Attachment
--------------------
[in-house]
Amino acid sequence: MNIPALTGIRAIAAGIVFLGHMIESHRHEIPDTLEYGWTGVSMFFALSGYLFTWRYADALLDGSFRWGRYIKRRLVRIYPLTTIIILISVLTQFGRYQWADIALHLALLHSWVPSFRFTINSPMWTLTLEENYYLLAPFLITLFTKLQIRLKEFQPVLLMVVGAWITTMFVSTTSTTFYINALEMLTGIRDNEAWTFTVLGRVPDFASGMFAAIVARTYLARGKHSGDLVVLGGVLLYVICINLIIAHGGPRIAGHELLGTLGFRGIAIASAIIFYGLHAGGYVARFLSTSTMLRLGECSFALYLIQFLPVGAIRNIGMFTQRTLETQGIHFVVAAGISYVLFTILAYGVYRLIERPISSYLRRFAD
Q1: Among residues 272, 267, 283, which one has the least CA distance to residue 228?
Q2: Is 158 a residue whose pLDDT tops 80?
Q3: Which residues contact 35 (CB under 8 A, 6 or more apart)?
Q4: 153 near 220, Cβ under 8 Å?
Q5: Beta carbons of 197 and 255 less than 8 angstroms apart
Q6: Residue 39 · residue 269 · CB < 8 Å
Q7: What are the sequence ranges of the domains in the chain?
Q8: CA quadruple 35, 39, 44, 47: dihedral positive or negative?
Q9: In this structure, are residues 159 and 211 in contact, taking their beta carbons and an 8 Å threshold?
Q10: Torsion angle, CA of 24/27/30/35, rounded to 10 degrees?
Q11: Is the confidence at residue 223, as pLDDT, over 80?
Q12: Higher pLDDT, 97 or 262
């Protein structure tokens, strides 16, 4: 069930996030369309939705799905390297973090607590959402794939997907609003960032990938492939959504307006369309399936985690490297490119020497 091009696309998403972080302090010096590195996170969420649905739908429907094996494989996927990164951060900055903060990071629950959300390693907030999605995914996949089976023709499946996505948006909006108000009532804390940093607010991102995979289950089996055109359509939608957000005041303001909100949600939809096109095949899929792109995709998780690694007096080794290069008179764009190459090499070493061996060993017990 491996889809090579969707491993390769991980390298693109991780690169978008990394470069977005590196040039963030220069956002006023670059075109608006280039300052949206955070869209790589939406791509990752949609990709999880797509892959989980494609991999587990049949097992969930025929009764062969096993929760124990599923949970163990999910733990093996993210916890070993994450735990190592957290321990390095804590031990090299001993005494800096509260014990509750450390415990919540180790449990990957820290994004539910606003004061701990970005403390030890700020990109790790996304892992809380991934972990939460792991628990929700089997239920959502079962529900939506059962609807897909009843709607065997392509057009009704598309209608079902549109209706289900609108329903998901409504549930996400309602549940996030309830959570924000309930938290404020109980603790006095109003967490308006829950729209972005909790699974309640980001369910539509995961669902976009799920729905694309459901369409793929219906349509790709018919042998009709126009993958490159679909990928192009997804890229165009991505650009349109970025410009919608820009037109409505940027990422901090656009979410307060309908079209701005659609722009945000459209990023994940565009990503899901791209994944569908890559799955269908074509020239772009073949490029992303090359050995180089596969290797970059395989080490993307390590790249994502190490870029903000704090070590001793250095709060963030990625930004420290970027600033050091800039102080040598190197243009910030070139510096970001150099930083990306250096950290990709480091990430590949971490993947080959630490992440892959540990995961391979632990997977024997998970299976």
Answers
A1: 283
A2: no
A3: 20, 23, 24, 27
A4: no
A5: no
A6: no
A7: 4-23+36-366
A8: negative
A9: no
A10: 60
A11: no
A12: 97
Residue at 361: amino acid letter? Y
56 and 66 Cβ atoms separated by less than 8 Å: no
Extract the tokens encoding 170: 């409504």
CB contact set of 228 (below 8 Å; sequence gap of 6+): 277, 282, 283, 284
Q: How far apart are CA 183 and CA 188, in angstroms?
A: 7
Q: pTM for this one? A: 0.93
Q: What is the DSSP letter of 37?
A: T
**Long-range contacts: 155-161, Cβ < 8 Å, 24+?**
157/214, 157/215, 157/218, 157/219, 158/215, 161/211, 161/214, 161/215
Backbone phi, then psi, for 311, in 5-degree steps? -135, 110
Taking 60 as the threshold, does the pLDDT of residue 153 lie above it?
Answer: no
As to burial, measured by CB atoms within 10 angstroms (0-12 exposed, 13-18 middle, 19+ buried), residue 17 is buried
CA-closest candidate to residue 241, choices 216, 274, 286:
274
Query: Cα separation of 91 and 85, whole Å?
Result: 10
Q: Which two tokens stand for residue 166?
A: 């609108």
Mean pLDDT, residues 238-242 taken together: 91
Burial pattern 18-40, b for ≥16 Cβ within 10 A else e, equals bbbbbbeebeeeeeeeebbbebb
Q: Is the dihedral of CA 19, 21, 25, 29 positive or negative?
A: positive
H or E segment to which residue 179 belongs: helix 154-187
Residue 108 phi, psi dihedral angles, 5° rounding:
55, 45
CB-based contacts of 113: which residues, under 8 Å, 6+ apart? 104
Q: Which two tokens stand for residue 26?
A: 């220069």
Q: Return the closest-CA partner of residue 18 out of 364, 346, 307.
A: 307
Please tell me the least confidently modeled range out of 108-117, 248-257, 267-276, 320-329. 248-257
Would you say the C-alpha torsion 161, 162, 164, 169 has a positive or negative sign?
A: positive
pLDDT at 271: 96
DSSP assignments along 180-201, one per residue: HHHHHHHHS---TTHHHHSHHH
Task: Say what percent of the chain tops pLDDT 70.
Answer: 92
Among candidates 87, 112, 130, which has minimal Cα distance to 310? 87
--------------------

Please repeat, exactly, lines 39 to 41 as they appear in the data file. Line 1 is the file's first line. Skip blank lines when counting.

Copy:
157/214, 157/215, 157/218, 157/219, 158/215, 161/211, 161/214, 161/215
Backbone phi, then psi, for 311, in 5-degree steps? -135, 110
Taking 60 as the threshold, does the pLDDT of residue 153 lie above it?